Born: 15 January, 1917, in London. Died: 2 June, 2013 in Croydon, aged 96.
MARGARET Jackson was one of the modest ladies who were entrusted with much responsibility and given authority during the Second World War.
As principal secretary to the director-general of the SOE she was privy to some of the most important secrets that came into the office of her boss, Brigadier (later Major-General Sir) Colin Gubbins.
Her adventurous spirit and undoubted competence made her a central figure in SOE’s famous offices at 64 Baker Street, London.
When she arrived there were no radios and few contacts on the continent of Europe: Jackson greatly assisted in creating underground connections in France, Belgium, the Netherlands and Austria which were to prove essential, especially on D-Day and the advance on Berlin.
The SOE had been set up by Winston Churchill to “set Europe ablaze” and despite setbacks, mistakes and betrayals it made an invaluable contribution to winning the war.
Indeed, US general Dwight D Eisenhower wrote as peace was signed that, “the disruption of enemy rail communications, the harassing of German road moves and the continual and increasing strain placed on German security services throughout occupied Europe by the organised forces of resistance, played a very considerable part in our complete and final victory”.
It was praise that Jackson and the Baker Street Irregulars, as they came to be known, richly deserved.
Margaret Wallace Jackson came from a Scottish family – both parents were devout members of the Church of Scotland – and her father was a businessman in Argentina.
She attended a Methodist school in England and read modern languages at London University. She then spent time in France, becoming fluent in the language.
In 1940, Jackson joined the Royal Institute of International Affairs and joined a department in the War Office (Military Intelligence Research). There she heard that Gubbins was in London interviewing for a bilingual secretary to join him in the Paris office of a clandestine mission to liaise with resistance groups run by the Polish and Czech authorities in exile.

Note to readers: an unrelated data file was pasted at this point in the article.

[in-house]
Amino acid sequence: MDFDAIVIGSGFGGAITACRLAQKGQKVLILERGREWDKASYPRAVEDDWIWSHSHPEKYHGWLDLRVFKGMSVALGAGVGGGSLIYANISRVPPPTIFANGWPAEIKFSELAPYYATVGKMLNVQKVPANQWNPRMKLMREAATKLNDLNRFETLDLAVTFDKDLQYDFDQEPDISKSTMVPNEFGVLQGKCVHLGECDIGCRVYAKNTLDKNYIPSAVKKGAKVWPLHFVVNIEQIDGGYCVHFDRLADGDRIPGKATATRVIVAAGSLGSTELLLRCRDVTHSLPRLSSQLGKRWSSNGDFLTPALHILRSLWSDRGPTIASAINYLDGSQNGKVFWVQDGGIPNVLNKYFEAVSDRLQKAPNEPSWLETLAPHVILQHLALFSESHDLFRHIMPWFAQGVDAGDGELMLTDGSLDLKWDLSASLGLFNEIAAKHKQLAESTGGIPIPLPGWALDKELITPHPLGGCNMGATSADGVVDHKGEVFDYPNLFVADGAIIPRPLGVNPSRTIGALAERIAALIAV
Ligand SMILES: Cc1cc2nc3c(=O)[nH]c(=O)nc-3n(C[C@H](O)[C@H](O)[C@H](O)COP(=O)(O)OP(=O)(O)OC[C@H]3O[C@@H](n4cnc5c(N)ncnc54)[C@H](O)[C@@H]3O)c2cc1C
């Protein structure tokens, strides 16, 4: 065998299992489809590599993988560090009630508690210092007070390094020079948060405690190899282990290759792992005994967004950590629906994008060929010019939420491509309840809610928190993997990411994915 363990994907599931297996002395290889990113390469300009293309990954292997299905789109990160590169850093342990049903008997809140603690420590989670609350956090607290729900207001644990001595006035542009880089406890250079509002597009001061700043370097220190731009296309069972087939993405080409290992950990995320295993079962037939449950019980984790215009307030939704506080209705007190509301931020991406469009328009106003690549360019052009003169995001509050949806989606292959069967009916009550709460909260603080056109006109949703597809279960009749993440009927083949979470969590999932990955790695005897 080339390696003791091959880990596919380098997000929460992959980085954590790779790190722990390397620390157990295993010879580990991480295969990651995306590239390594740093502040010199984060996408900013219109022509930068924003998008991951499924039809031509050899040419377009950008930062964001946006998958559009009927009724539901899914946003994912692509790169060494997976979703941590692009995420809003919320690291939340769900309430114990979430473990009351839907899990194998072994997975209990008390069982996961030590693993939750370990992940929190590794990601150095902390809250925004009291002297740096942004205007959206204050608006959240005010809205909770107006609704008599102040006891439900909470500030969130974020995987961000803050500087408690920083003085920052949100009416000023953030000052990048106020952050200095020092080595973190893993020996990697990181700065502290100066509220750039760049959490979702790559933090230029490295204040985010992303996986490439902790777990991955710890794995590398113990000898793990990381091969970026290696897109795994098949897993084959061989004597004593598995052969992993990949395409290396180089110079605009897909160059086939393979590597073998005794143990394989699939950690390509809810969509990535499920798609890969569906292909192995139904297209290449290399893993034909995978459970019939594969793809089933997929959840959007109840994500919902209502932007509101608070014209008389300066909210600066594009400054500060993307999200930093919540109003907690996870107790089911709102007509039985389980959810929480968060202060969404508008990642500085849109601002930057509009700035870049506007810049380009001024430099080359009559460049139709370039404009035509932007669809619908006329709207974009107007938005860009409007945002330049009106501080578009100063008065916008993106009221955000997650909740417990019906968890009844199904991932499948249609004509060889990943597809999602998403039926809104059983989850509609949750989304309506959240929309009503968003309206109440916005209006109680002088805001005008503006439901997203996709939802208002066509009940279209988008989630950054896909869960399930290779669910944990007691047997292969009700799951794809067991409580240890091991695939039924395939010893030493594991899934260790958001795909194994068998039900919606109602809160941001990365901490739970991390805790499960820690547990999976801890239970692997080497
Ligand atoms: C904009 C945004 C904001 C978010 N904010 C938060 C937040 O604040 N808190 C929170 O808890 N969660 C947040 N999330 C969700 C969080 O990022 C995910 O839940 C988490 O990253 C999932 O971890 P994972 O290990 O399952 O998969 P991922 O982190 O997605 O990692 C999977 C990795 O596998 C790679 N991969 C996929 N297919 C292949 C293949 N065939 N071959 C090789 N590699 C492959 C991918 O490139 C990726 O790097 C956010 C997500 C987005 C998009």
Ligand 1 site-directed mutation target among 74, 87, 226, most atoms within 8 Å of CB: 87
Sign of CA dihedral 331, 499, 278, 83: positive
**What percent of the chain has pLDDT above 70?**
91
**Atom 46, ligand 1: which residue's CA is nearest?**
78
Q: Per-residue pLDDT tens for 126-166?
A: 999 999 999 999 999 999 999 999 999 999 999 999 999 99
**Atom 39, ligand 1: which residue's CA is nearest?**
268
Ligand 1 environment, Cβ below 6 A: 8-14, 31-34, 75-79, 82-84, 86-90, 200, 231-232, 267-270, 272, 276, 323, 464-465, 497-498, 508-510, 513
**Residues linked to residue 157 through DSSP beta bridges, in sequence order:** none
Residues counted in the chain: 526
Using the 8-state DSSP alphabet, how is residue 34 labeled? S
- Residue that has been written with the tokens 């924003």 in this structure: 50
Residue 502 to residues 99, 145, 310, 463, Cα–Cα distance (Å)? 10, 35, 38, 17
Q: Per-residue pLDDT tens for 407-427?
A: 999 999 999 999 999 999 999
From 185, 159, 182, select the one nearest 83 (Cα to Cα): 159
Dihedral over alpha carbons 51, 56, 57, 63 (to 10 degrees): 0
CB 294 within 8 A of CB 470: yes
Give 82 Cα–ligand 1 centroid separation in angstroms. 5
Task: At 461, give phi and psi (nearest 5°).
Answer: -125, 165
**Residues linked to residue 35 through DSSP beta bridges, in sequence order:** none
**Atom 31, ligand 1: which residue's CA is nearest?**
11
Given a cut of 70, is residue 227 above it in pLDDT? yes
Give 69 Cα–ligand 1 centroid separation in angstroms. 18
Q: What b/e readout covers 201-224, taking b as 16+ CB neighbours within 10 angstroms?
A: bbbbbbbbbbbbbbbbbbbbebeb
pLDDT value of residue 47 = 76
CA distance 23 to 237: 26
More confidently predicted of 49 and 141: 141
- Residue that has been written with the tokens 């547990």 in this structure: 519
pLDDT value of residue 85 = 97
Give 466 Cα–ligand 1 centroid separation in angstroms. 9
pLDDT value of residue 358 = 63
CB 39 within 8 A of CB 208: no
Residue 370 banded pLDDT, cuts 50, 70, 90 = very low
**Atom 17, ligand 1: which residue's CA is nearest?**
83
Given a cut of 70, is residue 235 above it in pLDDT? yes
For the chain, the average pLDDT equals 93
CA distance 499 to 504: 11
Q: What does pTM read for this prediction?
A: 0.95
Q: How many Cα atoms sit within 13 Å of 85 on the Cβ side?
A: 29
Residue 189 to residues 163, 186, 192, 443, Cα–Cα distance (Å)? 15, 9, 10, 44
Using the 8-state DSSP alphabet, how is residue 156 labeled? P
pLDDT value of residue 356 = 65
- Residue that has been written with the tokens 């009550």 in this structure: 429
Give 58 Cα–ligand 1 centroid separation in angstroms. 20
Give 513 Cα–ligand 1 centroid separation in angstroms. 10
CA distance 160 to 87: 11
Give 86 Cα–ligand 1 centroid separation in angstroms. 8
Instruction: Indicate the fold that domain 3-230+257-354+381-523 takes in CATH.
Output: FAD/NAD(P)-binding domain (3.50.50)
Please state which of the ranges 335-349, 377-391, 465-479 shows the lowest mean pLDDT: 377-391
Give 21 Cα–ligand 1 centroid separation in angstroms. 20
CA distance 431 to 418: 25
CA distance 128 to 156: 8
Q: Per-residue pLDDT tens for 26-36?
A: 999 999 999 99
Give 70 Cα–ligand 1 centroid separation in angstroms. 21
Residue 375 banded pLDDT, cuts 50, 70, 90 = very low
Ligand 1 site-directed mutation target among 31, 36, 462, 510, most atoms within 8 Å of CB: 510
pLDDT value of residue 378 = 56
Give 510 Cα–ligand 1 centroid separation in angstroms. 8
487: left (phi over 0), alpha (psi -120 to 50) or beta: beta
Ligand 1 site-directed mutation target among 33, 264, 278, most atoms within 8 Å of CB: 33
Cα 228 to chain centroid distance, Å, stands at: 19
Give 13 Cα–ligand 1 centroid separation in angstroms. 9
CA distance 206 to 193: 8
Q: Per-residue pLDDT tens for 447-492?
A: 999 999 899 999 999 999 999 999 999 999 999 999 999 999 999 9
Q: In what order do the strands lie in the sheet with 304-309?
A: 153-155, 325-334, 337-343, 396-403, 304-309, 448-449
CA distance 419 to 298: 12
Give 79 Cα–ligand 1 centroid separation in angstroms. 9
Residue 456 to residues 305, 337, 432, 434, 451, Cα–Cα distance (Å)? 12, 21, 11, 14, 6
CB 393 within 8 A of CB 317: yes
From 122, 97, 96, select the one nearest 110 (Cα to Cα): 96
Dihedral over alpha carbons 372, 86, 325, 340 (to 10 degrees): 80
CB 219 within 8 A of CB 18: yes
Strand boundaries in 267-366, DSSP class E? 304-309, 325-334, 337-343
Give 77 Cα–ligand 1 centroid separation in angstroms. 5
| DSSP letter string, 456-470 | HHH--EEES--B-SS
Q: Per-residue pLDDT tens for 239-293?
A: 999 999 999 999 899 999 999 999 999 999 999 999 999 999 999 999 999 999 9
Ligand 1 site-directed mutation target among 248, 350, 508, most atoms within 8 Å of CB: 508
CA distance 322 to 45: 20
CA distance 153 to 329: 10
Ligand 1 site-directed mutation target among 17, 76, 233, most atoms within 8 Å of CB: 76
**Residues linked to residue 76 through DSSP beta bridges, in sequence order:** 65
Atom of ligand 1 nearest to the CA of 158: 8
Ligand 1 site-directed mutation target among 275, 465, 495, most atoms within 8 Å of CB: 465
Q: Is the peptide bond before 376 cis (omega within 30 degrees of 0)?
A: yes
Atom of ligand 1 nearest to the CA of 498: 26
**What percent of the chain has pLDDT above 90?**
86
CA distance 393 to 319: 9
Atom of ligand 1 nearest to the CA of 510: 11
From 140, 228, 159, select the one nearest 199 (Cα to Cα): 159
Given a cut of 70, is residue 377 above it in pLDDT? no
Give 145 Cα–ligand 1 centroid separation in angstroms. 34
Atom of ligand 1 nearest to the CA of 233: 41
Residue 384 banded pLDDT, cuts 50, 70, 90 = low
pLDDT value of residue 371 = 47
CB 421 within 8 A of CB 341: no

Jackson moved to Paris but after the German advance through France, she escaped to London on a hospital ship.
Later that year, Gubbins was seconded to SOE and Jackson joined him in putting into action the guerrilla tactics that were to prove so successful. The practice of disrupting the enemy’s lines of communications and transport were vital. As was the tough physical training that the SOE recruits had to undergo. Gubbins and Jackson acquired properties – often remote castles in the Highlands – to act as agent training bases.
The extensive training included a wide variety of underground warfare: the use of explosives; how to kill with their bare hands; all aspects of disguise; and how to derail trains. Another session included instructions on how to get out of handcuffs using only a piece of thin wire and a diary pencil.
Work for Jackson in Baker Street was no less intense. She often slept in makeshift beds in the office and had to rigidly remember her cover story so that even her close family never knew her real wartime occupation.
Under the concentrated management of Gubbins and Jackson, SOE expanded the radio coverage throughout occupied Europe and began sending out by aeroplanes agents into France to hamper the activities of the German army.
Jackson’s role was principally to co-ordinate the work of the senior secretaries who had to conform to strict rules of secrecy – even blotting paper had to be destroyed. Jackson also had to co-ordinate all incoming and outgoing telegrams.
When Gubbins became chief executive of the SOE in 1943, Jackson assumed further responsibilities in briefing agents before they flew to France. She became an authority on underground warfare and co-ordinating action by way of subversion and sabotage.
In May 2010, Jackson unveiled a plaque in Baker Street to commemorate the work of the SOE and her fallen comrades.
In a moving tribute, she said: “I was one of the very first members of an organisation to work from this building and create how, in wartime, we could carry out sabotage and thus cause as much harm by subversion to an enemy planning to invade us.”
Jackson presented her memories of serving in the fight against Nazism to the Imperial War Museum in London.
After the war, Jackson worked for the Allied Commission for Austria in Vienna and then at the Organisation of European Economic Co-operation where she rose to become a deputy secretary of the council for nearly four years.
One of her principal responsibilities was to join the team which implemented the Marshall Plan – America’s initiative to aid the reconstruction of war-torn Europe’s economies.
Jackson retired in 1978 and then served as a councillor in Southwark, south London, for eight years. Latterly, Jackson resided in a Methodist home in Croydon.
She was awarded an MBE in 1946, and remained unmarried.